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Moxifloxacin (By mouth)

This medicine is a quinolone antibiotic that treats infections.

What works?

Learn more about the effects of these drugs. The most reliable research is summed up for you in our featured article.

Moxifloxacin is used to treat bacterial infections in many different parts of the body. Moxifloxacin belongs to the class of medicines known as quinolone antibiotics. It works by killing bacteria or preventing their growth. However, this medicine will not work for colds, flu, or other virus infections. This medicine is available only with your doctor's prescription… Read more
Brand names include
Avelox
Other forms
Injection, Into the eye
Drug classes About this
Antibiotic

What works? Research summarized

Evidence reviews

Moxifloxacin versus levofloxacin for acute exacerbation of chronic obstructive pulmonary diseases: a systematic review

Bibliographic details: Wang XH, Liu XJ.  Moxifloxacin versus levofloxacin for acute exacerbation of chronic obstructive pulmonary diseases: a systematic review. Chinese Journal of Evidence-Based Medicine 2012; 12(6): 694-699 Available from: http://www.cjebm.org.cn/oa/DArticle.aspx?type=view&id=201206014

A meta analysis of the efficacy and safety of moxifloxacin in Chinese patients with multi-drug resistant pulmonary tuberculosis

Bibliographic details: Liu S, Chen S, Ren X, Zhang G.  A meta analysis of the efficacy and safety of moxifloxacin in Chinese patients with multi-drug resistant pulmonary tuberculosis. African Journal of Pharmacy and Pharmacology 2012; 6(1): 57-65 Available from: http://www.academicjournals.org/journal/AJPP/article-abstract/D50963D31352

Efficacy and safety of moxifloxacin for treating complicated intra-abdominal infections: a meta-analysis

Bibliographic details: Xi Q, Hu YF, Zheng XC.  Efficacy and safety of moxifloxacin for treating complicated intra-abdominal infections: a meta-analysis. Chinese Journal of New Drugs 2013; 22(2): 210-214 Available from: http://116.228.189.110/kns50/detail.aspx?dbname=CHKJ2013&filename=ZXYZ201302015&filetitle=%E8%8E%AB%E8%A5%BF%E6%B2%99%E6%98%9F%E6%B2%BB%E7%96%97%E5%A4%8D%E6%9D%82%E8%85%B9%E8%85%94%E6%84%9F%E6%9F%93%E7%9A%84%E7%96%97%E6%95%88%E5%92%8C%E5%AE%89%E5%85%A8%E6%80%A7%E7%9A%84Meta%E5%88%86%E6%9E%90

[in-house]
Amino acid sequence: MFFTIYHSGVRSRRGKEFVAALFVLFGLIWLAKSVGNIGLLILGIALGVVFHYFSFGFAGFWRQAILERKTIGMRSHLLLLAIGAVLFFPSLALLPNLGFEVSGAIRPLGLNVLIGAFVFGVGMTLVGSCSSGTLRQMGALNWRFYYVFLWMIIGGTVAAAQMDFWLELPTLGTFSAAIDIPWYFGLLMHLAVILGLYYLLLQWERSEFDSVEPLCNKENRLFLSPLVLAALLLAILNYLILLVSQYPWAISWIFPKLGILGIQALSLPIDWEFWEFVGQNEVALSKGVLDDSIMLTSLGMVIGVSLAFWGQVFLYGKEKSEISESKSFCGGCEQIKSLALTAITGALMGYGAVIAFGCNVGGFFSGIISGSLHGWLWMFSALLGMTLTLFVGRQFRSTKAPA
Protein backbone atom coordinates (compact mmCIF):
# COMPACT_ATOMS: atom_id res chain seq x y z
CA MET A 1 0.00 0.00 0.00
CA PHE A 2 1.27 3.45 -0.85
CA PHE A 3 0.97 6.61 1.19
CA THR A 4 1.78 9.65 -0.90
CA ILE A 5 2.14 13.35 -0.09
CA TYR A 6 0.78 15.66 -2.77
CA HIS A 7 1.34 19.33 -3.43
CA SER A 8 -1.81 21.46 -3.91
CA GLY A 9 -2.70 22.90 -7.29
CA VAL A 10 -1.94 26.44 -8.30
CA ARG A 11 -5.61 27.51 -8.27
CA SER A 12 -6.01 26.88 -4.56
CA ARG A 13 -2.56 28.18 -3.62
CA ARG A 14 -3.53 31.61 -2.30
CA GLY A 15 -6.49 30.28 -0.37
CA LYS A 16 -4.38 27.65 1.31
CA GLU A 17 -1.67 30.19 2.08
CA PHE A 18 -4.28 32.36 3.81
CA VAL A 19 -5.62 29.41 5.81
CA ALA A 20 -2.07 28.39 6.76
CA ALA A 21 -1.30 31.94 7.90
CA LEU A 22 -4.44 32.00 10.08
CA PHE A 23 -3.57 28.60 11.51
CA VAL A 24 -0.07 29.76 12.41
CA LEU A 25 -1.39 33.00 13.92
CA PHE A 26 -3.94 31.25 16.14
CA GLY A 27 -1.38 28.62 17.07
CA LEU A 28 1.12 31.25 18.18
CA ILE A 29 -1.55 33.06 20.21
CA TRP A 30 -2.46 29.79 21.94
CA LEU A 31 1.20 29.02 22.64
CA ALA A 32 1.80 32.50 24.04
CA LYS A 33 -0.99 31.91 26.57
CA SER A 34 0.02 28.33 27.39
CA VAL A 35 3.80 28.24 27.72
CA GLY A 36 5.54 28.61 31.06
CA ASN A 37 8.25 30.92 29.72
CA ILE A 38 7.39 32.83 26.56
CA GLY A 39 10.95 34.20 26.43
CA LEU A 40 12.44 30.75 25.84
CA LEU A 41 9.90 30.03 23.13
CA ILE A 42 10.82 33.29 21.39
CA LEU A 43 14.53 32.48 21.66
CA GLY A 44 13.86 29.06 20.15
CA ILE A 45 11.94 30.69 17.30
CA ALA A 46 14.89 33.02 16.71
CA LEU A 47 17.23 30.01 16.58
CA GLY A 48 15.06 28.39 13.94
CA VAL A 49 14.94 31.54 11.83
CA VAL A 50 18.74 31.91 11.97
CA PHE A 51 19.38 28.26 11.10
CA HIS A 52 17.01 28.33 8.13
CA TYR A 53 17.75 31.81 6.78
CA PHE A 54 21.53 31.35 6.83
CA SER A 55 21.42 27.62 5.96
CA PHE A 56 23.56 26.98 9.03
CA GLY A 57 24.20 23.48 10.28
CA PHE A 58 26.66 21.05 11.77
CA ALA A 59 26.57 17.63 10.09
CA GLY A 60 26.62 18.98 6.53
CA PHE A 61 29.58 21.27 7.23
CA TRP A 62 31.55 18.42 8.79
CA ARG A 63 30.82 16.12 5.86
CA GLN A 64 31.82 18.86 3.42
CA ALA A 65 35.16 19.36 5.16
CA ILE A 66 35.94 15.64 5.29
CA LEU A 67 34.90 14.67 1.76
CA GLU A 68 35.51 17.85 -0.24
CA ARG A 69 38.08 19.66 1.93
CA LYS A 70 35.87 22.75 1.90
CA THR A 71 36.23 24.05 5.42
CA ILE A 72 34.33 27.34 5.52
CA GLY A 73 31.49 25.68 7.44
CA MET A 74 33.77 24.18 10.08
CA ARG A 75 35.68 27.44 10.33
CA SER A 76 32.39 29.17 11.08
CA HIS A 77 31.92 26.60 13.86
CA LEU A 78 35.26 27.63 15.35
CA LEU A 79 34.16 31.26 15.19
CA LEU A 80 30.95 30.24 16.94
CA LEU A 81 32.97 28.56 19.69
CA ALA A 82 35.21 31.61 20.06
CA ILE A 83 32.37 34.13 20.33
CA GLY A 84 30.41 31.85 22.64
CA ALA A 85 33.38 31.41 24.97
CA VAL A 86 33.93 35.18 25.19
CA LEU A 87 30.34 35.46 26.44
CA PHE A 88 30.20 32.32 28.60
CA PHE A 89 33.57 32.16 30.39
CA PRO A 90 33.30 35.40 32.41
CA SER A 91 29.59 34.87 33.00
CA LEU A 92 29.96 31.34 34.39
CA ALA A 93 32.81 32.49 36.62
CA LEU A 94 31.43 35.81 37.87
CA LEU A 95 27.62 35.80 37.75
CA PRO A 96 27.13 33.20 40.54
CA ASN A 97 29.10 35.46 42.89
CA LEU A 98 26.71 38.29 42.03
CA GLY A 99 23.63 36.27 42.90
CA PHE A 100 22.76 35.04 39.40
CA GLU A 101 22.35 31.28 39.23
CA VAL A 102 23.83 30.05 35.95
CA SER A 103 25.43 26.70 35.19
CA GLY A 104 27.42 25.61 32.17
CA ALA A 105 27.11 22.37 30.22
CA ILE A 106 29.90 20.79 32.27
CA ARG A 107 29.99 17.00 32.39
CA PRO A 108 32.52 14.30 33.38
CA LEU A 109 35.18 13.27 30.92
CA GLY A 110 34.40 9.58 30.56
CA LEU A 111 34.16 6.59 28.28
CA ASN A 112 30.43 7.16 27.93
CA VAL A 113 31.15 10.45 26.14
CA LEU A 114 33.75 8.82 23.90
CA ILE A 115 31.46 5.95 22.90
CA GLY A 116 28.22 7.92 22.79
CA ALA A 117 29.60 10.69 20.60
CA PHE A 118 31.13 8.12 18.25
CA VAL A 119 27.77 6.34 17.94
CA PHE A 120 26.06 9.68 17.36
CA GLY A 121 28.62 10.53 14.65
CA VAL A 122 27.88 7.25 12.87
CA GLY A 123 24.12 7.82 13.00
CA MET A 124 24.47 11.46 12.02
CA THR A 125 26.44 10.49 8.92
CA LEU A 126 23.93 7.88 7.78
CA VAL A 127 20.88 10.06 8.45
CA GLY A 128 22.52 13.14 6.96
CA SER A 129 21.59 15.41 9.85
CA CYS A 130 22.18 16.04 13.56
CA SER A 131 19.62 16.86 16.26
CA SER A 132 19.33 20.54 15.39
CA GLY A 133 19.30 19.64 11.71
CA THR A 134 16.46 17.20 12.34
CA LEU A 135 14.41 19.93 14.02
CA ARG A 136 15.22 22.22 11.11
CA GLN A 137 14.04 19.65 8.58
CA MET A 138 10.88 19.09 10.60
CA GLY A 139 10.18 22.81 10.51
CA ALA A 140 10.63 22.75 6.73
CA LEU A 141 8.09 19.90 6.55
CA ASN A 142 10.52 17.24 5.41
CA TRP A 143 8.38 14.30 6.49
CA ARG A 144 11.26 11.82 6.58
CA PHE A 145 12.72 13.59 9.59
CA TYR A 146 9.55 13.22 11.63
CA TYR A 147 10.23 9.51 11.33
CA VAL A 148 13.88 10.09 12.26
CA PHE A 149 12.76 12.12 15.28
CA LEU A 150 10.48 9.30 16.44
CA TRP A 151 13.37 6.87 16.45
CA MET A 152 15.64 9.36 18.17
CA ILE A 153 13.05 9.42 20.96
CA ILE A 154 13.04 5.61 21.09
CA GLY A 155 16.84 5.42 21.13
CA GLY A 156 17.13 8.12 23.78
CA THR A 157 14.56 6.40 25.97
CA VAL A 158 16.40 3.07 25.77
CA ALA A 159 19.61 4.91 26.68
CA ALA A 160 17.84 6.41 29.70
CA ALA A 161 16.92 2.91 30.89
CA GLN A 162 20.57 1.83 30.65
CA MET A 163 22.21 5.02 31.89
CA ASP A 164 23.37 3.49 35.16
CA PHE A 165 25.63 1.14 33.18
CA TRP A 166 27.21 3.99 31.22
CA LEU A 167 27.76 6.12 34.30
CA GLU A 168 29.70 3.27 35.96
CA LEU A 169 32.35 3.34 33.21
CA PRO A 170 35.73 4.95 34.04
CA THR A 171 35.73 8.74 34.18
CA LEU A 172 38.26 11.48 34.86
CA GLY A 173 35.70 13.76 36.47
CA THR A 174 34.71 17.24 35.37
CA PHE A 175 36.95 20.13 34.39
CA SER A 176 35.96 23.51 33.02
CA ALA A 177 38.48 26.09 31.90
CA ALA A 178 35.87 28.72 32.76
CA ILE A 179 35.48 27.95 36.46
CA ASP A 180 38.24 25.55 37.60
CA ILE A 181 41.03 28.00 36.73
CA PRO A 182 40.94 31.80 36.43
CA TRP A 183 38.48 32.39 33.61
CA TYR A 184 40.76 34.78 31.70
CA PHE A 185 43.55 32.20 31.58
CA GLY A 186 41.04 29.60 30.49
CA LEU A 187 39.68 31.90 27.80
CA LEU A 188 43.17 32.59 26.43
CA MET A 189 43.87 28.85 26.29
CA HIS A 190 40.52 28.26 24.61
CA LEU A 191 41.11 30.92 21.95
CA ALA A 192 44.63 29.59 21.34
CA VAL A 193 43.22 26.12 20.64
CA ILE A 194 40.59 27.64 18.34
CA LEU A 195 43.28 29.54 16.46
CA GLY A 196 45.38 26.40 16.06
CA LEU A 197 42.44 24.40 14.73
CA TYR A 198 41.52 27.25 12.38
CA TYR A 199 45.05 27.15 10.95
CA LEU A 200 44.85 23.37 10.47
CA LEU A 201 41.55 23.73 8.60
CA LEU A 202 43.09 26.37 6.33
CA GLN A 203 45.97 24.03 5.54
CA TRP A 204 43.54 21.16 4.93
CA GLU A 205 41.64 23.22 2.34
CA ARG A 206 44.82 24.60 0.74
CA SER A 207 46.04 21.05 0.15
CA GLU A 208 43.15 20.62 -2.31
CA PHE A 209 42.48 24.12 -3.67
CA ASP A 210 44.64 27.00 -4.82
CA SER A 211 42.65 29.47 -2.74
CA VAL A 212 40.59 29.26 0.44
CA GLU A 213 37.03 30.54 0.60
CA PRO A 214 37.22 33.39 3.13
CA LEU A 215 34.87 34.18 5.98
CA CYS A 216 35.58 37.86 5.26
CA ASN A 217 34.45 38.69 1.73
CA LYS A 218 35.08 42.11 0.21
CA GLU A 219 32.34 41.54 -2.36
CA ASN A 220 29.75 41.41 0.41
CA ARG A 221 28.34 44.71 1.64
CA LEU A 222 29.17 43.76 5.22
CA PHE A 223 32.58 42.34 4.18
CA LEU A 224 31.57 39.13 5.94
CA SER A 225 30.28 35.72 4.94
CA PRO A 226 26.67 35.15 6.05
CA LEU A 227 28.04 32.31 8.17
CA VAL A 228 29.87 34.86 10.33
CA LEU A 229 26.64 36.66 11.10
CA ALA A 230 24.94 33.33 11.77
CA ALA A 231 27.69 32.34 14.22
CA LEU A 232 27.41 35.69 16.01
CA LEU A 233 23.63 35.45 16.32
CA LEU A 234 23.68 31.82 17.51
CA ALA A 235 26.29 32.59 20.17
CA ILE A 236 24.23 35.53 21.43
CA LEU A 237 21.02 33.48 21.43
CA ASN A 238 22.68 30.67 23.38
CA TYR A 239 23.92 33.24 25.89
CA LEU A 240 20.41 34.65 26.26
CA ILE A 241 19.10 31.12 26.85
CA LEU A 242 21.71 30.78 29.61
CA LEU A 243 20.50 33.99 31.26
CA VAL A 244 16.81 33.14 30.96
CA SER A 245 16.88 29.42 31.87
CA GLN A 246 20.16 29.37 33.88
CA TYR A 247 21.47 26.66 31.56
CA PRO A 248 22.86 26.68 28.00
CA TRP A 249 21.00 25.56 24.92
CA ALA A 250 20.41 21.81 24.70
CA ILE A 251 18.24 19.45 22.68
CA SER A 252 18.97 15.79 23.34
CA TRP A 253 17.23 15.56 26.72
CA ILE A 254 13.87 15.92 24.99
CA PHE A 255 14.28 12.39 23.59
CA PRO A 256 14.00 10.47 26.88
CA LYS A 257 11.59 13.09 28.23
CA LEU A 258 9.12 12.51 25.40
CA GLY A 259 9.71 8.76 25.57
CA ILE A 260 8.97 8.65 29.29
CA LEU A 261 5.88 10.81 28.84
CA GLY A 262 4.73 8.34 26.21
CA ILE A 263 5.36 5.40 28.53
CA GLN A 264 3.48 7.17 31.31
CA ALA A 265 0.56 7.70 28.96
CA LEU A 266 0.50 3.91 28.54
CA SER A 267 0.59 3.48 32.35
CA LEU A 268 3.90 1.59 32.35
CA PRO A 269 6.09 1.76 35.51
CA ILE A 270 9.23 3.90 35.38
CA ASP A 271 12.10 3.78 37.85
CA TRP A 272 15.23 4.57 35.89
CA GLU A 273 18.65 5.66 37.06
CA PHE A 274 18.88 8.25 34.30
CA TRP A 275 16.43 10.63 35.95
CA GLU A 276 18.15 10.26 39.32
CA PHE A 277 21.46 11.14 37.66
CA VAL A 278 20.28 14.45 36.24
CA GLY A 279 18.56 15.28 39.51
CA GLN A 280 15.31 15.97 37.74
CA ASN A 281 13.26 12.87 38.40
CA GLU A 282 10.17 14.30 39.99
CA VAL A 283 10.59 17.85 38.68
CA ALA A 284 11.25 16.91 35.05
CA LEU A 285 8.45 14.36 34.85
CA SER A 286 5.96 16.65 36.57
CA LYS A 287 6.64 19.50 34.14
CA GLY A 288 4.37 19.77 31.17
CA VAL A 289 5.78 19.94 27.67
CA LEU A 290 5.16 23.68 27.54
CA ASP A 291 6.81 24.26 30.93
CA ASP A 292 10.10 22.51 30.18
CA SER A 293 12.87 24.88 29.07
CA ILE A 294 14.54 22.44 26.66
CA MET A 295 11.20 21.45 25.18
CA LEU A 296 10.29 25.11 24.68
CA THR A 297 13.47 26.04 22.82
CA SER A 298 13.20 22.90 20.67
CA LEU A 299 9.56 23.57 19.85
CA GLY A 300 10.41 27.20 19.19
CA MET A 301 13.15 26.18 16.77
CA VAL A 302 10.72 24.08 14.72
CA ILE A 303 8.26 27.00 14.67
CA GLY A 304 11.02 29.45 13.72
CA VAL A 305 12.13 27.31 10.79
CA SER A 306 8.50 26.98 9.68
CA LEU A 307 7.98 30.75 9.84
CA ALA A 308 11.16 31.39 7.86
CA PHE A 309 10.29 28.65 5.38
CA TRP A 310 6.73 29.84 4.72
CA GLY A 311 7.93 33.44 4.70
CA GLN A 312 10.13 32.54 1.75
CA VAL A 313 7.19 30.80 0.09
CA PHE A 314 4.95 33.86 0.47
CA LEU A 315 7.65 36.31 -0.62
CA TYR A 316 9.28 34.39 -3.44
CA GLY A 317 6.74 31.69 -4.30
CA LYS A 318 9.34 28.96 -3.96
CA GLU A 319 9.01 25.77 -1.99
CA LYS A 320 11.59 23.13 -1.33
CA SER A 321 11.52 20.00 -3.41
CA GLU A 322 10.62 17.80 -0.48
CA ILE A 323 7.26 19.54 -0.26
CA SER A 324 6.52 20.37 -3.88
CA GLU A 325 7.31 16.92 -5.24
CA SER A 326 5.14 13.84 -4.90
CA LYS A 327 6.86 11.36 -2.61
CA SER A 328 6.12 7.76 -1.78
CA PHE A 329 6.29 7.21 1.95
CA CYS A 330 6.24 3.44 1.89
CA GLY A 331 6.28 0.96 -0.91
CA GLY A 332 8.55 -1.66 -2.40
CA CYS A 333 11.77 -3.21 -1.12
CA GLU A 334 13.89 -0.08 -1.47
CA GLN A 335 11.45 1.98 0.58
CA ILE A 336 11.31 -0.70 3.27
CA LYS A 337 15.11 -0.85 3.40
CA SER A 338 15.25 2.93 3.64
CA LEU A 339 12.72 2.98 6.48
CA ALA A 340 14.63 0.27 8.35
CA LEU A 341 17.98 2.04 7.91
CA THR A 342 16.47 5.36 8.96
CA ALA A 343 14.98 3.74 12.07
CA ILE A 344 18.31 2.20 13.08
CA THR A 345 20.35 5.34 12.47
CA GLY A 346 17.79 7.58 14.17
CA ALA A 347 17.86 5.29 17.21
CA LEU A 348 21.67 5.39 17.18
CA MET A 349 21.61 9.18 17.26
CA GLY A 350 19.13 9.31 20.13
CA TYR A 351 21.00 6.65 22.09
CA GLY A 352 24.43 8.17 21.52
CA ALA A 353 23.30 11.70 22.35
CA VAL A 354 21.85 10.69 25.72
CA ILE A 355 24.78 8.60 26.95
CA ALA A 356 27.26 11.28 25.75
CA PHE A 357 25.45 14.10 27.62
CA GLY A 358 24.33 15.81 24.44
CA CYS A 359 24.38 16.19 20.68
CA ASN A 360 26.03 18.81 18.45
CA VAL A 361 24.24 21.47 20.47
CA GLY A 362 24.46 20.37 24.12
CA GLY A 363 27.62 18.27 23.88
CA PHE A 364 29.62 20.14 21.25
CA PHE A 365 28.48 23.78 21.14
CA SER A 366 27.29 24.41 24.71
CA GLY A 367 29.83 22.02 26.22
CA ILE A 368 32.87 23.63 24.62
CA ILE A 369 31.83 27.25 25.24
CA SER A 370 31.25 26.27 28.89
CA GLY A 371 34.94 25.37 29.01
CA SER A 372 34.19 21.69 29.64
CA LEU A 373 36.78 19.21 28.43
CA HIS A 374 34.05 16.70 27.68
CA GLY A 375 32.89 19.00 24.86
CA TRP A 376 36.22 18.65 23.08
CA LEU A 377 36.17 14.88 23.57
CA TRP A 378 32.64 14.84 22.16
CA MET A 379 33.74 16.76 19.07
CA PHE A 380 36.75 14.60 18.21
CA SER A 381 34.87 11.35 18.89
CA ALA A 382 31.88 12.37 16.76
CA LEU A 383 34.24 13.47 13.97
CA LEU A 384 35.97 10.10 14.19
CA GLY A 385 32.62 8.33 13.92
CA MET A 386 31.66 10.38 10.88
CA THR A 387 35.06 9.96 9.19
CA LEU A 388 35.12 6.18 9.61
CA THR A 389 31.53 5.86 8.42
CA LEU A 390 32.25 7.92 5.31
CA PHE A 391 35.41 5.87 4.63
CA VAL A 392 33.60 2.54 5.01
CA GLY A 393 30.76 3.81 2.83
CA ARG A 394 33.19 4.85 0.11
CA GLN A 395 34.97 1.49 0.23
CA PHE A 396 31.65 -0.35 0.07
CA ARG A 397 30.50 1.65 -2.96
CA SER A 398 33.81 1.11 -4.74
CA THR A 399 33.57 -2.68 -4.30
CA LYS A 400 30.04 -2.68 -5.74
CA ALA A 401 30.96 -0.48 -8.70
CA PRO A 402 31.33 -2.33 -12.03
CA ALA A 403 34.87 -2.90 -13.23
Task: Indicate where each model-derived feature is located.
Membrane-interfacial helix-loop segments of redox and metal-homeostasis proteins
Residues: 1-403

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Summaries for consumers

Preventative antibiotic therapy for people with COPD

COPD is a common chronic respiratory disease mainly affecting people who smoke now or have done so previously. It could become the third leading cause of death worldwide by 2030. People with COPD experience gradually worsening shortness of breath and cough with sputum because of permanent damage to their airways and lungs. Those with COPD may have flare‐ups (or exacerbations) that usually occur after respiratory infections. Exacerbations may lead to further irreversible loss of lung function with days off work, hospital admission, reduction in quality of life and they may even cause death.

Substituting or adding fluoroquinolones to established first‐line antituberculous drug regimens gives no additional benefit or risks

Tuberculosis is an infectious disease caused by Mycobacterium tuberculosis bacteria. Over two billion people worldwide are believed to be latently infected with TB and approximately 10% of these people will develop active TB later in life. The World Health Organization currently only recommend treatment with fluoroquinolones for patients who cannot take standard first‐line drugs. In this review, we examined the effect of including fluoroquinolones in first‐line treatment regimens on people with presumed drug‐sensitive tuberculosis.

The rapid test GenoType® MTBDRsl for testing resistance to second‐line TB drugs

Different drugs are available to treat people with tuberculosis (TB), but resistance to these drugs is a growing problem. People with drug‐resistant TB are more likely to die than people with drug‐susceptible TB. People with drug‐resistant TB require "second‐line" TB drugs that, compared with "first‐line" TB drugs used to treat drug‐susceptible TB, cause more side effects and must be taken for longer. Extensively drug‐resistant TB (XDR‐TB) is a type of TB that is resistant to almost all TB drugs. A rapid and accurate test could identify people with drug‐resistant TB, likely improve patient care, and reduce the spread of drug‐resistant TB.

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